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Three Poems

Toy Elegy Ending in Ars Poetica, with Lines from W.S. Merwin

Just minutes after
taking off, the toy plane crumples
into the child’s black blanket, parts
the starry fuzz, becomes
189 bodies flattened
and curled around her
shoulders—a leg
in Saturn’s rings, a head
orbiting Mars—O tireless
travelers. So many bodies
it takes to keep the child
warm. She dreams the words


the toy people were
reading—in books, on menus—the sentences the air
and the ocean will finish, the requests the plush solar
system will now fulfill. And, maybe Every year, a star
will grab his orange juice—no ice, pretzels. And the black
fuzz will whisper, without knowing it I have
passed the day. And when she wakes, her bones

will have gained a little mass. You look
taller, her mother will say in the morning. And each
day, she will grow taller and her mother, each day, will lose
interest, her eyes will hardly flicker
from the paint-by-numbers
on the screen. And in this city


I’m about to leave, I’ve grown used to the sound of trains like ceiling
fans. Because people see real things as toys to distance

themselves from loss, and children see real things as toys, and so
they shoot their mothers at baseball games. And once, my grandmother


paid me a dollar a week to watch
a doll—Mo, short for Amore.
He must have spent
his life in a cardboard’s lost
& found, in a strange garment—yellow
overalls. His hair—uneven, coarse, slightly
sticky—I stroked it anyway, lullabied
and whispered, Don’t worry, I want you
here. I floated

up from a seafoamed
space, surprised
at the Earth, eyeing the blank
ceiling fan from my rocker, as my feet
dangled, as I held
some words you can
cover your shoulders with.


Oxbow Lake, Meander Scar

Maybe you’re the river
and I’m the abandoned
curve becoming crayoned

paper over your veins. Tell the dust
it’s time to gather. Fill me
with another body, another stone.


(Old) Bryantown (Road)

—Queen Anne’s County, Maryland

It always rusts over. We paint our metal
roof red. Sometime before me, the wind wasn’t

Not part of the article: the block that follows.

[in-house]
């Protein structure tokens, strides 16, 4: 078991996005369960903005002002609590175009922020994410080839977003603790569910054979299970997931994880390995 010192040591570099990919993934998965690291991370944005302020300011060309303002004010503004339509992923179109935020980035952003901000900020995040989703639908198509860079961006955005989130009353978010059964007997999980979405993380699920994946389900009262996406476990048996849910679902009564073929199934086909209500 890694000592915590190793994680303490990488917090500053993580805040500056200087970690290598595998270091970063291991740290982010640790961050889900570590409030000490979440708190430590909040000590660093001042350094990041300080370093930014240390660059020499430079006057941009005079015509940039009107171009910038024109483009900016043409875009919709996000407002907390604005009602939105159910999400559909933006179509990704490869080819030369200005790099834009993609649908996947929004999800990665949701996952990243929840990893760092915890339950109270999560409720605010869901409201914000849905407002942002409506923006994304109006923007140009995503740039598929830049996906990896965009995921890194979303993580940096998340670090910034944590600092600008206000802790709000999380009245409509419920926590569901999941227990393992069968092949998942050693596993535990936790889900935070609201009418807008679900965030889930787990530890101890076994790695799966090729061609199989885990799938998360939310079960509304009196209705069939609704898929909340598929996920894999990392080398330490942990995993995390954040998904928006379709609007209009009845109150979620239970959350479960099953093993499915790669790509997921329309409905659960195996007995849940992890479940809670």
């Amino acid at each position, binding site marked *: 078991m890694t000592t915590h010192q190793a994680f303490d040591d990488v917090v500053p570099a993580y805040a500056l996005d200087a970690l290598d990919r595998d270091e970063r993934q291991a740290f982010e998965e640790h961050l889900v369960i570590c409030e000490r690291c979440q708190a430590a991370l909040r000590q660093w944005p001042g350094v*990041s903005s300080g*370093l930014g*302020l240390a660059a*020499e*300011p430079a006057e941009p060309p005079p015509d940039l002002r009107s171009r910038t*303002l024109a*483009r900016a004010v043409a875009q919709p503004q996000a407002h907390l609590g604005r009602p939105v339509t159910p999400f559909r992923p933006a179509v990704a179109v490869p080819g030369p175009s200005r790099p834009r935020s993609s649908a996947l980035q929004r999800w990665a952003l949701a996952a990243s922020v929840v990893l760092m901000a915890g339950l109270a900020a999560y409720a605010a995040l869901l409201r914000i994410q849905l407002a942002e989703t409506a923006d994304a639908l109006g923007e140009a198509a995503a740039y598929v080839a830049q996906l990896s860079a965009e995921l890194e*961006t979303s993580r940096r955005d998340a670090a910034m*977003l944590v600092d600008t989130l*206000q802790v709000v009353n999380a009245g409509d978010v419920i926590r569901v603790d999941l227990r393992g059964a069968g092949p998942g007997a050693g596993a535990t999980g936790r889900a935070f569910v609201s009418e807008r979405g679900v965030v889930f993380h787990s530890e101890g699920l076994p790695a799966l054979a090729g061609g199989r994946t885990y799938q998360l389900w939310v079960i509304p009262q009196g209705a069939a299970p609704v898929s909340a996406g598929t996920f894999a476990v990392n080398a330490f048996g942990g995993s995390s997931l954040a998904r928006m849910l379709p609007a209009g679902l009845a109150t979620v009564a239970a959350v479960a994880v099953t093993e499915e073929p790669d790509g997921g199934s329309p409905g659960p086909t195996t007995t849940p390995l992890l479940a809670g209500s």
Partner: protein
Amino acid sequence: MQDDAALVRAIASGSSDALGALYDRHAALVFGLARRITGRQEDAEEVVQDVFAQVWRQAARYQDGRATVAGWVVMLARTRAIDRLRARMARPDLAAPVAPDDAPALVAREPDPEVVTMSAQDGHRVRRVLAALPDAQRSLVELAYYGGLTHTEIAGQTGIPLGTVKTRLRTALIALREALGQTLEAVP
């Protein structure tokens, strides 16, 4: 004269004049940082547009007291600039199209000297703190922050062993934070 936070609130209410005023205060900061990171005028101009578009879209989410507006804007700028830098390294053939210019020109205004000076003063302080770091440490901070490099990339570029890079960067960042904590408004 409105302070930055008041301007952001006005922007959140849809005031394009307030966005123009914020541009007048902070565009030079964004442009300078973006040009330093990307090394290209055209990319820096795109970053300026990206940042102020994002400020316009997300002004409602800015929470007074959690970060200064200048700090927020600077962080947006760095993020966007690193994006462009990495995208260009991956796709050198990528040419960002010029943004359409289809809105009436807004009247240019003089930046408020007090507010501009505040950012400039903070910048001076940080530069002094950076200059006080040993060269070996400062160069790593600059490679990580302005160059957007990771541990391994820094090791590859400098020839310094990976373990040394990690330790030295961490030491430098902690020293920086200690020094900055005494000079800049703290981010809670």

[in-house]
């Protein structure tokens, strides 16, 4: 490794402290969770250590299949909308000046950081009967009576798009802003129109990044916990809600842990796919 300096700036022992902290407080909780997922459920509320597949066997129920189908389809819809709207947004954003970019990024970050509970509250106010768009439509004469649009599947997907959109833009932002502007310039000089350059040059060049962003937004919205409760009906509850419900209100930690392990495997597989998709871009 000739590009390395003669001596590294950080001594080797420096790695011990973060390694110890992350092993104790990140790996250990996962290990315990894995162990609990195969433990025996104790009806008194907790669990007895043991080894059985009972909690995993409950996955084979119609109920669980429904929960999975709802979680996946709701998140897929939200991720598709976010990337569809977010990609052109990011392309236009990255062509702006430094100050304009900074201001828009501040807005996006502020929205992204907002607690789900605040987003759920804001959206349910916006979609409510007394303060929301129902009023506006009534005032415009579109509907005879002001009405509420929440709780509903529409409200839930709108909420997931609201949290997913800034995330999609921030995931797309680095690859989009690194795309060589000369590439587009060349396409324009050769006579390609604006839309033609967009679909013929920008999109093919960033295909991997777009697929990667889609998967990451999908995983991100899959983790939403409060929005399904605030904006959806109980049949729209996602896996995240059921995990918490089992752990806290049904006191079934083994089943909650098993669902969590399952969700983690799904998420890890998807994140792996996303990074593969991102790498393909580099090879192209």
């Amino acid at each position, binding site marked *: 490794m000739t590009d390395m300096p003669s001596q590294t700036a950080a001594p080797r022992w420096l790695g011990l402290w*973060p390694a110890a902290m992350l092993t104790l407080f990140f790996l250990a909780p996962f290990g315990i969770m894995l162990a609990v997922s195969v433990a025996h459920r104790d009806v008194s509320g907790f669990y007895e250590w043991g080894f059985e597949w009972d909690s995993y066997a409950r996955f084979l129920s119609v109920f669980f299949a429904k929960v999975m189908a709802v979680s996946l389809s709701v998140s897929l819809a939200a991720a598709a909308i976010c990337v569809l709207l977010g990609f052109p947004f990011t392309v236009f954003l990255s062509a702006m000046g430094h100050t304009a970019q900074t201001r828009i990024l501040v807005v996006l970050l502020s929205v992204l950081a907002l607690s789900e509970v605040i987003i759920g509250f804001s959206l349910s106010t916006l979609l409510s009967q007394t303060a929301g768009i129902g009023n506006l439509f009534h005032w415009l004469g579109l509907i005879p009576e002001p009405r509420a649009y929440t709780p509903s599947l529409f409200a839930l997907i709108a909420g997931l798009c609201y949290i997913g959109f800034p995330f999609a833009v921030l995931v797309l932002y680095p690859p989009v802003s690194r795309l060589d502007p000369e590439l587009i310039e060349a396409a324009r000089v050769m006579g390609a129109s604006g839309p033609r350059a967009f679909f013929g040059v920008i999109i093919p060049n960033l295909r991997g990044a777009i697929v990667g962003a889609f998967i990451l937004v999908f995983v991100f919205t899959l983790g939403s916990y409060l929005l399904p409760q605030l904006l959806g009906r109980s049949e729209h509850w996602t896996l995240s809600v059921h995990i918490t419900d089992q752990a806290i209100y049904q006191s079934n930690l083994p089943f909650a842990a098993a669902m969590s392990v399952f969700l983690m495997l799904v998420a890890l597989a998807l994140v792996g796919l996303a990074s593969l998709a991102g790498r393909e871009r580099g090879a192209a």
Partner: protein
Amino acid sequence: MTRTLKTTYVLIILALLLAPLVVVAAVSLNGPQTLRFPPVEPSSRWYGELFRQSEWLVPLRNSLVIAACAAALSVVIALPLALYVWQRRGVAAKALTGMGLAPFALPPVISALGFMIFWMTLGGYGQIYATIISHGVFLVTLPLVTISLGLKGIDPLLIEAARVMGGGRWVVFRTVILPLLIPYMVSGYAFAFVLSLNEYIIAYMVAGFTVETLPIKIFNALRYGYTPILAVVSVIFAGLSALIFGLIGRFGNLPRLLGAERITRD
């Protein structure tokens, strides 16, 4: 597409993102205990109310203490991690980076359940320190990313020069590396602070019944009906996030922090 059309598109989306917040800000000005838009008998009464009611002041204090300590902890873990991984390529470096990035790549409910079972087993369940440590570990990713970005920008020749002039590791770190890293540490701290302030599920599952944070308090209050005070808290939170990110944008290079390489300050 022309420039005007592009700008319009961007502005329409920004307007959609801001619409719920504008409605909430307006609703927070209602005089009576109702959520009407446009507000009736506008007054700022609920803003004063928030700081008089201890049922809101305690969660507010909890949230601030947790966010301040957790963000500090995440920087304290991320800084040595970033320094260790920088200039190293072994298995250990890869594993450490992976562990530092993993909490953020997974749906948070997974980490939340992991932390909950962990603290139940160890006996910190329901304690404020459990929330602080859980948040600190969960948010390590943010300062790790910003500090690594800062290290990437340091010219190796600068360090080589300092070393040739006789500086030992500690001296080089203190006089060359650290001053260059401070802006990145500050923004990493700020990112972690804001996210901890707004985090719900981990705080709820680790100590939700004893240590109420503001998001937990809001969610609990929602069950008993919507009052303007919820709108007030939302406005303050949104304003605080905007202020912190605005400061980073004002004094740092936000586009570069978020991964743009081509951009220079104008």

wind anymore. And flames forgot
they had their own agenda. And the sky forgot the town I never

met—the town my house is. Two charred trees mark
the plot. Abandoned sink and siding, her old bedroom, his favorite

reading spot down to ground—simulation’s soil. And later I picnicked
on ponds of hog slide, slept in some Master’s quarters, maybe. What’s asking

in this yard post, this old copper fence bent? What’s asking in this empty
silo, what mouths filled its silence and called back

each grain? Turn every mossy brick, every shard of dirt-
packed roof slate. Because here (and on street corners and sidewalks

and in parking lots) they fire the next innocent frame, call it practice
in the name of safety, let the evidence—mason jar, spigot, scrap

of sweatshirt—bury. And what is history
if it isn’t these darkened empty branches, if it isn’t the ground

you walk on, the flecks in the air we breathe, what are flecks in the air
but smoke? Heat-gutted bone-houses holding the ground before the wind

erases them. This distance rumbling in. From my bedroom
window, black bark greening as the vines cover

the trees like footsteps, as the vines
carry the soil, the names.

Emma DePanise is a poet from Maryland. She is a winner of a 2019 AWP Intro Journals Award and the 2018 winner of the Pablo Neruda Prize for Poetry. She is an editor for The Shore, an online poetry journal.